Image Credit- The Green Optimistic
Whilst sport is hugely beneficial for both physical and mental health, some sporting activities can be harmful to the environment. Here’s a roundup of the Gryphon’s top six:
- Skydiving. Whilst this is a sport that people rarely participate in more than once or twice in their lifetime, skydiving means that each plane requires constant refuelling. In some countries there is an activity such as professional skydiving, and flying a plane itself takes a lot of energy, which means releasing a lot of carbon dioxide in the atmosphere.
- Football. Arguably the most popular sport in the world, at least certainly in the United Kingdom, people travel all over the globe to watch their famous football stars in action. This burns plenty of fossil fuels, alongside increasing the carbon dioxide produced weekly when the squad, reserves, medical staff and management team have to travel to their fixtures. This ties to the spectator wastage. Let’s take the largest stadium in the UK as an example, Wembley Stadium. If every spectator here left a cup, packet or wrapper, this would be over 90,000 items of rubbish in the stands alone, and less than half of it may not be recyclable. Therefore, with this being almost impossible to monitor, the wastage contributes to the damaging environment.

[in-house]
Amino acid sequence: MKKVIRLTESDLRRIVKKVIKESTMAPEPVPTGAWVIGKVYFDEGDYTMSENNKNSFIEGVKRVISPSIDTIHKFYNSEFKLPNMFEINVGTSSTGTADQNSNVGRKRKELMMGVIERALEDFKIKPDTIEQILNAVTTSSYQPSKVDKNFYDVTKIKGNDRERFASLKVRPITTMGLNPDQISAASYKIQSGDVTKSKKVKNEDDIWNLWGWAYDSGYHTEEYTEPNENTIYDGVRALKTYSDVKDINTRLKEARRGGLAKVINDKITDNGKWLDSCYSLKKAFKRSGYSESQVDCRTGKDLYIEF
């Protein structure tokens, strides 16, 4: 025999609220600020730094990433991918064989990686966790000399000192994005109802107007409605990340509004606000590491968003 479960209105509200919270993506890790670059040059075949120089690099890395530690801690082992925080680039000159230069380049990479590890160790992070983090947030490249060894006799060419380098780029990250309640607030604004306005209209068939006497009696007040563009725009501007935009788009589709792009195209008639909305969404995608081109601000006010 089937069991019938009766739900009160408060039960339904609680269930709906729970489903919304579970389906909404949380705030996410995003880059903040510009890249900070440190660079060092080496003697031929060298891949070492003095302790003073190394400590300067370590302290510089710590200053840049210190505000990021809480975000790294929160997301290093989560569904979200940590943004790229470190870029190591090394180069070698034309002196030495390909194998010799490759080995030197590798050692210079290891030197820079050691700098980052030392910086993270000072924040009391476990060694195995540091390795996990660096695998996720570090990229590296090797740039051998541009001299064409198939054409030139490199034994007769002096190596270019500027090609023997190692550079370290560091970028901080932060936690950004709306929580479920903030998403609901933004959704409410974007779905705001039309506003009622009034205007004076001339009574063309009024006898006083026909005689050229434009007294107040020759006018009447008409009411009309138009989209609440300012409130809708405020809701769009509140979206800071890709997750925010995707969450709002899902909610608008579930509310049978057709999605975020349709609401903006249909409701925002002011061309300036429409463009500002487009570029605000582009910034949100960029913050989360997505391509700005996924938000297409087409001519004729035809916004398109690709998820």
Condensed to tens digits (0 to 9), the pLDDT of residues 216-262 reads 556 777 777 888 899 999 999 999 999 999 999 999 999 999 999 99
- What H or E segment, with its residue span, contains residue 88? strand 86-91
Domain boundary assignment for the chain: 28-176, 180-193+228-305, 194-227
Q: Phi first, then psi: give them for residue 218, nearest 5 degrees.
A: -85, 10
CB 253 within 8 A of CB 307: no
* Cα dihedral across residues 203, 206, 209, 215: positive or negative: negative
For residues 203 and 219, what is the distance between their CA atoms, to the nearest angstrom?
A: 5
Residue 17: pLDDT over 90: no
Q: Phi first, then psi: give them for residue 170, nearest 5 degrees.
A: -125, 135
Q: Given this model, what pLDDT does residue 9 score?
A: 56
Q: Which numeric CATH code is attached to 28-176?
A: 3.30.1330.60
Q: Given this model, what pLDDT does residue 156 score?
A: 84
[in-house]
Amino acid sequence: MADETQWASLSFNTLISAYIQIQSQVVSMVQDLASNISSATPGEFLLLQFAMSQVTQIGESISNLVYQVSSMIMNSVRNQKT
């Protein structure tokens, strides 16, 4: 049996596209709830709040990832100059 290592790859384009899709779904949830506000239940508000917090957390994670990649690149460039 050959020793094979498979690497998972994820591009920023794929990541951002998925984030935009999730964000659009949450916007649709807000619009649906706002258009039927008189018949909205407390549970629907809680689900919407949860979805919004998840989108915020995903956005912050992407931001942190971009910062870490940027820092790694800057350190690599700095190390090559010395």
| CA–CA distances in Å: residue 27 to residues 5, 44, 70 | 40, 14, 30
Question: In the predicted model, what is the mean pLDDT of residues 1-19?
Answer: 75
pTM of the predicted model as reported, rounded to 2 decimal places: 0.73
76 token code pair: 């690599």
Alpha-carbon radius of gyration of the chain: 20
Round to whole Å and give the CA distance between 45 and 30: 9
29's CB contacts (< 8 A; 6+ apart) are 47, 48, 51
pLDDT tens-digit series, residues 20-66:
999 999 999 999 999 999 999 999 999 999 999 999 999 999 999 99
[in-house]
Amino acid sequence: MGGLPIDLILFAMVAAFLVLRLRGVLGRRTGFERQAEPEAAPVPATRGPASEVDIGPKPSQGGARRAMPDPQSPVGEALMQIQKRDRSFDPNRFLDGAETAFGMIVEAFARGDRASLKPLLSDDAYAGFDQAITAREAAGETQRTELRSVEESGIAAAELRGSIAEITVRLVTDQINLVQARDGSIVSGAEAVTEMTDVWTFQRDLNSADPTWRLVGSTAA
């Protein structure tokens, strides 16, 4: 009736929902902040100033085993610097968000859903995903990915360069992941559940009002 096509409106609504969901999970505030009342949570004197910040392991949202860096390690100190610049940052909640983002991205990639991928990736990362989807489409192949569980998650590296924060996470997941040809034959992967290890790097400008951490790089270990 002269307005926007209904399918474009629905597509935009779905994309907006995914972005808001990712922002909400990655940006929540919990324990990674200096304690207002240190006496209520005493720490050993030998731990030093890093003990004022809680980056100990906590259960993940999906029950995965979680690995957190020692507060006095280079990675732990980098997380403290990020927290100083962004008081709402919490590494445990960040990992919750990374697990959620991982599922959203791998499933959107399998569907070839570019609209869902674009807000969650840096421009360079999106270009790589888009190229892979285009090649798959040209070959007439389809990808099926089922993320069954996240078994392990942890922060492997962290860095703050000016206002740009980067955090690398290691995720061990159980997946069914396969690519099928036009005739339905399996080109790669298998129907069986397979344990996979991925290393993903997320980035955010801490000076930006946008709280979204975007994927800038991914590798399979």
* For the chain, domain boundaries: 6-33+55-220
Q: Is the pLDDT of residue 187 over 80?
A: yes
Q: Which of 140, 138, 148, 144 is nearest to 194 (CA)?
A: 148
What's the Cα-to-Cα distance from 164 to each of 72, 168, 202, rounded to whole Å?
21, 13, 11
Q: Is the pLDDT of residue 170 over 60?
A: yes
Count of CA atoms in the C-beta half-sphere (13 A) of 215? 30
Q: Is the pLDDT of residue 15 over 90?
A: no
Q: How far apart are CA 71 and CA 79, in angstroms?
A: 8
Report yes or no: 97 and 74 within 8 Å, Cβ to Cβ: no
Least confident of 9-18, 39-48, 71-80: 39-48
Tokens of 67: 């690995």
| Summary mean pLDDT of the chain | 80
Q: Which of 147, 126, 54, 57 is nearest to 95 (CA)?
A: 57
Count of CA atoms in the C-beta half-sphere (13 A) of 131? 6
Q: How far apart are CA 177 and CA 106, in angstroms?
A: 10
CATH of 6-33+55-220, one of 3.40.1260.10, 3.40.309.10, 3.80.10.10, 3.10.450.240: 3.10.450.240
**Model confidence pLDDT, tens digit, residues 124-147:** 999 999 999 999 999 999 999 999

- Formula 1. The idea of 20 powerful cars going around a racetrack at a high speed for at least 20 times per year suggests this isn’t environmentally friendly. The drivers have to participate in practice sessions and test runs, never mind the actual race days. In addition, the environmental cost of shipping cars and the staff to maintain them too increases the output of pollution.
- Skiing. As the population of the world grows, it seems inevitable the more the environment feels the effects of pollution. The actual sport isn’t as dangerous for the environment, however the increase in demand for skiing holidays/ chalets has an impact. This correlates to the use of fossil fuels, which are being used to generate electricity for ski lifts. Perhaps the most alarming aspect is the fact that a ski lift uses the same amount of energy per month as a house would use in a year, thus making it non-sustainable.
- Golf. A sport that I admittedly didn’t initially consider, yet the construction and maintenance of golf courses is harmful to fragile ecosystems. With a survey being conducted that shows in Las Vegas alone, golf courses account for 28 of the top 100 water users, the worrying statistic shows golf as a sport need to rethink their water use, especially in times of drought. A slightly more specific figure shows that golf courses use 4 billion gallons of water every day for irrigation, (the application of controlled amounts of water to plants.) Perhaps a solution could be the industry introducing new types of grass, and new layouts that are easier on the environment.
- Boating. Similarly to golf, the environmental impacts of recreational boating shows that the main issue is the management of waste water. The sewage and grey water from the recreational craft contains a wide range of chemicals, often being released into the sea. Not only this, the increase in noise disturbance from the boats aggravates neighbouring areas, thus increasing noise pollution.